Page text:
Southside company using artificial intelligence to make railways safer

After Ohio train derailment, transportation secretary says, ‘Steps that Norfolk Southern and its peers lobbied against were intended to improve rail safety and to help keep Americans safe’

JACKSONVILLE, Fla. – Transportation Secretary Pete Buttigieg sent a letter Sunday to the CEO of Norfolk Southern, warning that the freight rail company must “demonstrate unequivocal support for the people” of East Palestine, Ohio, and surrounding areas after a fiery train derailment led to the release of chemicals and residents expressing concerns about their health.

Buttigieg said the National Transportation Safety Board is investigating the cause of the derailment and that the Federal Railroad Administration is also analyzing whether safety violations occurred and will hold Norfolk Southern accountable if violations did occur.

The Environmental Protection Agency has said the company must document the release of hazardous contaminants and outline cleanup actions.

But Buttigieg also said that Norfolk Southern and other rail companies “spent millions of dollars in the courts and lobbying members of Congress to oppose common-sense safety regulations, stopping some entirely and reducing the scope of others.” He said the effort undermined rules on brake requirements and delayed the phase-in for more durable rail cars to transport hazardous material to 2029, instead of the “originally envisioned date of 2025.”

The transportation secretary said the results of the investigation are not yet know, but “we do know that these steps that Norfolk Southern and its peers lobbied against were intended to improve rail safety and to help keep Americans safe.”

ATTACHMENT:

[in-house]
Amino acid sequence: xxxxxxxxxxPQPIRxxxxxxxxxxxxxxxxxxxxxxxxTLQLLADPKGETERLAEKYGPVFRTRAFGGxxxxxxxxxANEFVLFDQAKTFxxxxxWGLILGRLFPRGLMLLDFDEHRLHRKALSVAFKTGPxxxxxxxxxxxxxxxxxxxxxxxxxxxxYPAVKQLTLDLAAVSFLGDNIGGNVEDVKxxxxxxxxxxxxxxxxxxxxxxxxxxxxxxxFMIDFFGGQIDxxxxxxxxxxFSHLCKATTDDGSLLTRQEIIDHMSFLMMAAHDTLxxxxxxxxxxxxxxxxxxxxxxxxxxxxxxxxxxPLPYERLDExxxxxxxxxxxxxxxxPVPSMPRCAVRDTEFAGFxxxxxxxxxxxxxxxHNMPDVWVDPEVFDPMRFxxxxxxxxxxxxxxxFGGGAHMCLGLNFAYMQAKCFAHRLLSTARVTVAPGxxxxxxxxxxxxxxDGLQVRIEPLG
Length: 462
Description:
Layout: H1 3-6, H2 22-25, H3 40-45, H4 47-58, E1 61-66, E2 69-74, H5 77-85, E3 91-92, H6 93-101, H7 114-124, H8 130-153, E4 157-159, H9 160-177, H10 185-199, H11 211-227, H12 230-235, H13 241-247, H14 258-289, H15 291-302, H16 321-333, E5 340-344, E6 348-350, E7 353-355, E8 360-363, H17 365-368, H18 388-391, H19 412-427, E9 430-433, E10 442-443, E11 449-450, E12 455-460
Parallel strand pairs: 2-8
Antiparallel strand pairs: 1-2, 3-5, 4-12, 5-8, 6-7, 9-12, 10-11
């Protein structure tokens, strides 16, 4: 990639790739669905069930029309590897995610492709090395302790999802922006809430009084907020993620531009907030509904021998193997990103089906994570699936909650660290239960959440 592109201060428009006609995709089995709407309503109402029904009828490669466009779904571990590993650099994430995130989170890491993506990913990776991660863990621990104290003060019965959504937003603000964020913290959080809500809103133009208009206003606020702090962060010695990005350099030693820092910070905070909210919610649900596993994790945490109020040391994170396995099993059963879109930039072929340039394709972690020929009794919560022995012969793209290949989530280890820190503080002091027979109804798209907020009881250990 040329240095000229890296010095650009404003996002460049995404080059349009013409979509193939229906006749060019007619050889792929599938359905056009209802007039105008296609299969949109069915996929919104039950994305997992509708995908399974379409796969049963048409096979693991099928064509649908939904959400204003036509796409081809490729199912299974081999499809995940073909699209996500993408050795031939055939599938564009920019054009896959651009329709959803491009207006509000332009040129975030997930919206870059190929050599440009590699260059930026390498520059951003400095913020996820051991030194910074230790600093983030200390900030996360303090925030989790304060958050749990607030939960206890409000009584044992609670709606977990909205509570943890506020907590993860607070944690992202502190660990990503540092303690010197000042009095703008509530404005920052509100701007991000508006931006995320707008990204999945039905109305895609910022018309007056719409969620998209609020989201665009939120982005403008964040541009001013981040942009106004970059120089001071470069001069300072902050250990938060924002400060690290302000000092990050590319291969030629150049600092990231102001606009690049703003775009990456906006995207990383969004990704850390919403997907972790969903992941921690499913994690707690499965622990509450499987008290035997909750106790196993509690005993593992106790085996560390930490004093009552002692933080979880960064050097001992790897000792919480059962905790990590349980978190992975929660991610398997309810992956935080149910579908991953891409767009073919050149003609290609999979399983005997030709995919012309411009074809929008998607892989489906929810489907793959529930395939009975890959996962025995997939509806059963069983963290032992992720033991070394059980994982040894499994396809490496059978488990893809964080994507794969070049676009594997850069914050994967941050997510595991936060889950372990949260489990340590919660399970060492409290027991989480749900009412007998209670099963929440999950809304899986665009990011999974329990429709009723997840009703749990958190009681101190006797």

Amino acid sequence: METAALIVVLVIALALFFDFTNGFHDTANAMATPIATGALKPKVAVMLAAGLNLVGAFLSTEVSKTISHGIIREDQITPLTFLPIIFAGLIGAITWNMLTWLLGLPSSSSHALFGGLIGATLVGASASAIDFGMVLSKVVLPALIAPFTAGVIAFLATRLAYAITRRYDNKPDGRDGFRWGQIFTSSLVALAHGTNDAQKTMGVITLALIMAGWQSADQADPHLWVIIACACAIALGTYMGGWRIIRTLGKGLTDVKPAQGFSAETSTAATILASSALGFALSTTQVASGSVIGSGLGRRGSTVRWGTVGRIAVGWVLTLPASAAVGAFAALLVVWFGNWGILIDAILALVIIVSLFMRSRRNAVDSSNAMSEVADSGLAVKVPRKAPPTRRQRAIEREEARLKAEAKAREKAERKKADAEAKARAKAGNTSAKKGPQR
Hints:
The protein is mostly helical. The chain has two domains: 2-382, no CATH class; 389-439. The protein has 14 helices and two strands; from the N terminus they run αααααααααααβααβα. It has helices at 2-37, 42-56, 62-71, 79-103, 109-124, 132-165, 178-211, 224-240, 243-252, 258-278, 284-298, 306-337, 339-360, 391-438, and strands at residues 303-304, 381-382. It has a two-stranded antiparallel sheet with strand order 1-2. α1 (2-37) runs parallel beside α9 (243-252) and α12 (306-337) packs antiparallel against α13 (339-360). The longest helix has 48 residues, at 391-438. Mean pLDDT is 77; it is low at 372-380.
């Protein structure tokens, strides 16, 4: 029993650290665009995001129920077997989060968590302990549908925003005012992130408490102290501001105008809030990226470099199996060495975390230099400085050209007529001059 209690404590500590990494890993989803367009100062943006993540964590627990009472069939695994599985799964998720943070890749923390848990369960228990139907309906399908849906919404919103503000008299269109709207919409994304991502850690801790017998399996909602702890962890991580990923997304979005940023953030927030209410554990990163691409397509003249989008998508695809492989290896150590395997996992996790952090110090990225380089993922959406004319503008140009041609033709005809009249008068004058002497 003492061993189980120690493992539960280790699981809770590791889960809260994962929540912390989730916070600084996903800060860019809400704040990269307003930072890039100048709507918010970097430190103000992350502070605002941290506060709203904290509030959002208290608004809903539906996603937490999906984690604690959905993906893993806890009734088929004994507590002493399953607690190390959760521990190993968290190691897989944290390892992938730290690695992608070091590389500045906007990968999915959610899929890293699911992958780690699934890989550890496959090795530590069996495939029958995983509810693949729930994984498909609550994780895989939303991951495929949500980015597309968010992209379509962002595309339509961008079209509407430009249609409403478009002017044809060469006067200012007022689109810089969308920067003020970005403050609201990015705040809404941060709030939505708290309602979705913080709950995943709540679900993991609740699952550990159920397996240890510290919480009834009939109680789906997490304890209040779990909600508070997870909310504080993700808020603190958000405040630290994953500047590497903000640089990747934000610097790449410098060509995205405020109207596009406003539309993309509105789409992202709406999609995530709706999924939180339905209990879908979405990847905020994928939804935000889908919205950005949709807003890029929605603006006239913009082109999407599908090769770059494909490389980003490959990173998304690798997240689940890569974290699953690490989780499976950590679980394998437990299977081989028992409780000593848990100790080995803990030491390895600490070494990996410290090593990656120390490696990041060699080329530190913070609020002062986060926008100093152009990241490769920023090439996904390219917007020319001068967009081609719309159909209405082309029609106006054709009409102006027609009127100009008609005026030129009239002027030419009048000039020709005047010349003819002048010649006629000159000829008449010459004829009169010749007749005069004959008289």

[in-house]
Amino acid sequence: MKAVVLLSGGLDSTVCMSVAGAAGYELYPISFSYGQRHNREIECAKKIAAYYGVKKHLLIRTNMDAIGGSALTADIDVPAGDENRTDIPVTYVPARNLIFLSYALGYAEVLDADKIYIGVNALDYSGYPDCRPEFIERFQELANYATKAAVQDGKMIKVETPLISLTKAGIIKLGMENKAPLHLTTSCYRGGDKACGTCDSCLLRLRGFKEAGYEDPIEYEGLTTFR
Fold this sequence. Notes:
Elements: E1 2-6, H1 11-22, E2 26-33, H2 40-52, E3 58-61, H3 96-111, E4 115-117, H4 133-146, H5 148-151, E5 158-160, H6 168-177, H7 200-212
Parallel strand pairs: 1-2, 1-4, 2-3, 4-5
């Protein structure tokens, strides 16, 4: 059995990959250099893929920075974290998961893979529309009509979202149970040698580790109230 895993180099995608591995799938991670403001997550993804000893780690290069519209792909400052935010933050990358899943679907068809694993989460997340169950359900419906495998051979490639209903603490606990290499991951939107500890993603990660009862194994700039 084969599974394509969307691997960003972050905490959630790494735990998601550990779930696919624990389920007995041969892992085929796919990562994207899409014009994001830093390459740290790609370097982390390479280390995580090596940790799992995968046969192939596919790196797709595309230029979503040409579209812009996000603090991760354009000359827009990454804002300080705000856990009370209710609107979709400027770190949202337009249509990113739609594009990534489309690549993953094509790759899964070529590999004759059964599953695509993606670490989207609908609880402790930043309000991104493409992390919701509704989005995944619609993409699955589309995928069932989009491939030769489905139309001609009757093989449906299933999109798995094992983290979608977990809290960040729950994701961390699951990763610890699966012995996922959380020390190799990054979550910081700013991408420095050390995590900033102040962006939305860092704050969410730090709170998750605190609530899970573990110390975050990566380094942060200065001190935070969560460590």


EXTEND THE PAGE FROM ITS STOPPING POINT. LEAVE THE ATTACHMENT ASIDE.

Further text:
While not nearly as severe, Jacksonville has also seen chemical tankers retail along railroad tracks — like in 2019 when tanker cars carrying ethanol overturned along CSX tracks on the Northside and fell into the Cedar River, but no one was injured and CSX said no leaks or spills were detected.

In 2014, on the tracks under the Acosta Bridge, a Norfolk Southern train tanker car derailed, the same company that is involved in the Ohio incident. It was holding 28,000 gallons of ethanol, a highly flammable liquid. In that incident, News4JAX was told only a few gallons seeped out. Still, employees working in the area were evacuated for safety reasons, but no one was injured.

There is a company on Jacksonville’s Southside — Duos Technologies — that is trying to improve railroad safety.

A promotional video from the company shows its rail car inspection portal. It works by using cameras, computers and artificial intelligence to scan rail cars and tankers as they move through a particular area. It can detect if there is a potential problem, and the rail companies are then informed.

This is being used by some railroads in the United States, Mexico and Canada.

The Associated Press contributed to this report.

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Jim Piggott is the reporter to count on when it comes to city government and how it will affect the community.